Today much greater efforts are made to test those who enter the company as new employees. In the past a lot of workers came through ties in the industry, in the companies and with the agents. Today you cannot compromise on the quality of employees recruited. If we were to compromise we wouldn't survive the competition.
The question of maintaining employees is becoming important not only because of the difficulty in locating the good workers and because of the extent of investment in them, but also because today customers place a lot of weight on consistency. It's important to them that the people taking care of their money are reliable and professional. Customers also attribute a lot of importance to the ongoing acquaintance with the professional employee who handles their file.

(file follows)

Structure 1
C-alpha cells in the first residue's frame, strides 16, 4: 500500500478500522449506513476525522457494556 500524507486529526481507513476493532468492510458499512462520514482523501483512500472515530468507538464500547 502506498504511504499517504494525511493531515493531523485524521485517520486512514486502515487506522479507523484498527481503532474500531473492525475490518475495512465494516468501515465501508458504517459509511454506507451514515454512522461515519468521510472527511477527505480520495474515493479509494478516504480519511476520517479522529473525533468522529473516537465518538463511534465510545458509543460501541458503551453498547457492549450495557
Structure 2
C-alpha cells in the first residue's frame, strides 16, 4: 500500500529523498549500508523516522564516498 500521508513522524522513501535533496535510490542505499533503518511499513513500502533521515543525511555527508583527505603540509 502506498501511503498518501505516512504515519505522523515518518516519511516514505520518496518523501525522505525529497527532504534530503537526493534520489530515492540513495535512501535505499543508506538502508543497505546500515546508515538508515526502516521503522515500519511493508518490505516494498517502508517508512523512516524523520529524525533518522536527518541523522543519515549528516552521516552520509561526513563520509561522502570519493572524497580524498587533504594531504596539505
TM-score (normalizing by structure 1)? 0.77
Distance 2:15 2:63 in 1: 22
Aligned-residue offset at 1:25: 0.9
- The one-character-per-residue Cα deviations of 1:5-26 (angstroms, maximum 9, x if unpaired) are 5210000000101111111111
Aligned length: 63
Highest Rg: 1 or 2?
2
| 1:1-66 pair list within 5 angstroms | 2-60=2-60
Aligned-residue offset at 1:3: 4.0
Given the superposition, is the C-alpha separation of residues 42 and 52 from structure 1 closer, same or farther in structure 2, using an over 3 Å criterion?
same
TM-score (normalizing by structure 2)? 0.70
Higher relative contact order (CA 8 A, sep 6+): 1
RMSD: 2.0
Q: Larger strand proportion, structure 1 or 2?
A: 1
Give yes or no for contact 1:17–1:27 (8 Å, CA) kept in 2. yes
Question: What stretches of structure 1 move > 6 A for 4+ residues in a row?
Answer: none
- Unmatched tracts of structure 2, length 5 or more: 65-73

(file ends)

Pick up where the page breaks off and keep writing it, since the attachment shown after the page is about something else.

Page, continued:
Success in maintaining workers is also a result of careful screening processes, training and work relations.
How are the placement service providers reacting to the change?
The placement market is identifying the trend and reacting accordingly. Placement companies specializing in this field have already been started and large placement companies are setting up divisions dealing with placement in the field of finance. We've also heard placement companies claiming today it's more challenging to work with us because the screening process is more rigorous. We're also perceived by job candidates as an desirable employer.
Insurance requires not just a high level of service and professionalism, but today there is also more sensitivity to qualities such as reliability and discretion.
Exactly. This is also the formal requirement of the regulator, who requires that the customer's information be kept confidential. Therefore in relevant positions we also conduct reliability tests.
In this kind of employment market workers have to be managed differently, too. Management quality has to improve.